More than 20 Lakh WhatsApp accounts were suspended between May 15 and June 15 in India to prevent online abuse and keep users safe, Facebook’s instant messaging platform announced on Thursday in its monthly Compliance report.
The report, mandated by the country’s new IT rules, must list the details of the actions taken by social networks and communication platforms such as WhatsApp and Twitter.
“We systematically invest in technology, people and processes to keep our users safe and secure. Our prime focus is preventing accounts from sending harmful or unwanted messages at scale. We tend to maintain advanced capabilities to identify these accounts sending a high or abnormal rate of messages and suspended two million accounts in India alone from May 15 – June 15 trying this kind of abuse,” WhatsApp said.
“WhatsApp uses tools and resources to prevent malicious behaviour on the platform. We are particularly focused on prevention because we believe that it is much better to stop harmful activity in the first place than to detect it after it has been damaged.
Abuse detection works in three phases of an account’s lifestyle: during registration, during messages, and in response to negative comments, we receive in the form of reports and user blocks. A team of analysts is expanding these systems to assess case benefits and help. Improve our effectiveness over time ” added WhatsApp.
Though the report marked WhatsApp’s agreement with conditions listed within the new IT rules, the company has filed a legal complaint in Delhi against the Indian government, seeking to block rules that came into action last month, that experts say would compel the firm to interrupt privacy protections.
The proceedings ask the Delhi high court to declare one of the rules a violation of privacy rights in India’s constitution since it needs social media companies to identify the “first originator of information” when authorities demand it.
WhatsApp, which has nearly 40 million users in India, announced that it “will still work with the Indian government on practical solutions aimed toward keeping people safe, including responding to valid legal requests for information made available to us. Requiring messaging apps to ‘track’ chats is tantamount to asking them to keep a fingerprint of every message sent over WhatsApp, breaking end-to-end encryption and fundamentally undermining people’s right to privacy”, told WhatsApp.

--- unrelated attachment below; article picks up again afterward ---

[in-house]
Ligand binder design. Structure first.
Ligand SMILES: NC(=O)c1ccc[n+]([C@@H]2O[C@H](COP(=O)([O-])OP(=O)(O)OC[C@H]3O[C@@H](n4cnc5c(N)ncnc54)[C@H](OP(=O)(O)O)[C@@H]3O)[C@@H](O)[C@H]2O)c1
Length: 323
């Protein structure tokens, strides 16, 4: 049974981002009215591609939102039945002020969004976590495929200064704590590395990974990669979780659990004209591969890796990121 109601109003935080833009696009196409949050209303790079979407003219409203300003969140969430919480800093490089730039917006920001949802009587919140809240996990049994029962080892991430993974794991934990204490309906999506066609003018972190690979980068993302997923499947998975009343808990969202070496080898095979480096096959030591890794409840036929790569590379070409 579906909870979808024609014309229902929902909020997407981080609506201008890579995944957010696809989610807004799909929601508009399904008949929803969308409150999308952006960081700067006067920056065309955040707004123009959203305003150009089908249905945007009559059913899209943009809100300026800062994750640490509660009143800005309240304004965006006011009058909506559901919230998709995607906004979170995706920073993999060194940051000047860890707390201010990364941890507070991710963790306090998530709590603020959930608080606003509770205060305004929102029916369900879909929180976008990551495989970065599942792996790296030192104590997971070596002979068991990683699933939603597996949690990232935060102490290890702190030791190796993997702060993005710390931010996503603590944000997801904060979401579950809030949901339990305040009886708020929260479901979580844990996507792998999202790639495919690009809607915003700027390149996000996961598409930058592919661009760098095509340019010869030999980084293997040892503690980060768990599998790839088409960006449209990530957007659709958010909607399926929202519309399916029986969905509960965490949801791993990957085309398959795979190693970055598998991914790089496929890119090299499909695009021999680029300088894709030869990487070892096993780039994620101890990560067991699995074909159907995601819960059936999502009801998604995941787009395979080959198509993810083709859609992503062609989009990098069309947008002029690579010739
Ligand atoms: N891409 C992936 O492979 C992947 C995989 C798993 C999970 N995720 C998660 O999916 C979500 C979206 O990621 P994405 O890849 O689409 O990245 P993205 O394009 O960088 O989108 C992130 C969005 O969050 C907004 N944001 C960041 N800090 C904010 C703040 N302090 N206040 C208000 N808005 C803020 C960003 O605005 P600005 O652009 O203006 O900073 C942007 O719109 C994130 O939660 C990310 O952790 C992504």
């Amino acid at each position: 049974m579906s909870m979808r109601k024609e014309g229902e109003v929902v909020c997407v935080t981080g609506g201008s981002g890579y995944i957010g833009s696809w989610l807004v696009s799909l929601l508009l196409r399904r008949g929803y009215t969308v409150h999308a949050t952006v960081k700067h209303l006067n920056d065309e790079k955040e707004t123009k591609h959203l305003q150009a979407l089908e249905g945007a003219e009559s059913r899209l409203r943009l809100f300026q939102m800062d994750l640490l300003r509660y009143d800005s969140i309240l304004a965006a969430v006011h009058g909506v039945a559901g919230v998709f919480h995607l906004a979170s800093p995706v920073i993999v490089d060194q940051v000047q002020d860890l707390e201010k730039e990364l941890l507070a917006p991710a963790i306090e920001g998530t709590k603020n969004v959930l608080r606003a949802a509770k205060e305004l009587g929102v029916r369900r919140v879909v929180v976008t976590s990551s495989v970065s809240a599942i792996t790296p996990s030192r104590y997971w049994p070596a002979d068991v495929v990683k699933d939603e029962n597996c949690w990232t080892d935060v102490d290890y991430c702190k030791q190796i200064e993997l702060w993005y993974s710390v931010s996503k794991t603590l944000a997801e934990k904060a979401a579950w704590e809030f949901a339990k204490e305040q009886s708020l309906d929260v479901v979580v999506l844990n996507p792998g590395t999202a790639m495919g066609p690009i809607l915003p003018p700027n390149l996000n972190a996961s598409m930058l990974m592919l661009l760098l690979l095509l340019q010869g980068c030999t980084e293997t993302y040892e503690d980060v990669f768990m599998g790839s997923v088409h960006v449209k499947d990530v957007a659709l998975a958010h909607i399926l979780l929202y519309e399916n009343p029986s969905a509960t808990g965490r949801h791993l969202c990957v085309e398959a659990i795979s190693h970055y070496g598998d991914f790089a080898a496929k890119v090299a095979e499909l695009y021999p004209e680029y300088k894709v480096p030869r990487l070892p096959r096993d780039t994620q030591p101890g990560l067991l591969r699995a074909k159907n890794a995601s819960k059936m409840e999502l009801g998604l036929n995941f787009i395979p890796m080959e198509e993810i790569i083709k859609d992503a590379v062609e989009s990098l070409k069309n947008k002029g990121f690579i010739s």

The lawsuit came amid clashes between Prime Minister Narendra Modi’s government and technology giants like Facebook, Google and Twitter in one of their key markets.
The government has asked companies to remove the misinformation about the COVID19 pandemic ravaging India, as well as criticism of the government’s response to the crisis and protests from farmers.
The new Intermediary Guidelines and Code of Ethics for Digital Media, unveiled in February, require major social media companies to appoint Indian nationals to key compliance roles, remove content within 36 hours of a legal order, and one Establish mechanism to respond to complaints.
Corporations can lose protection from legal proceedings and criminal prosecution if they fail to abide by them, as evidenced by ongoing tension between the government and Twitter, which has repeatedly asked for extensions to terms such as the appointment of India-based compliance officers to meet.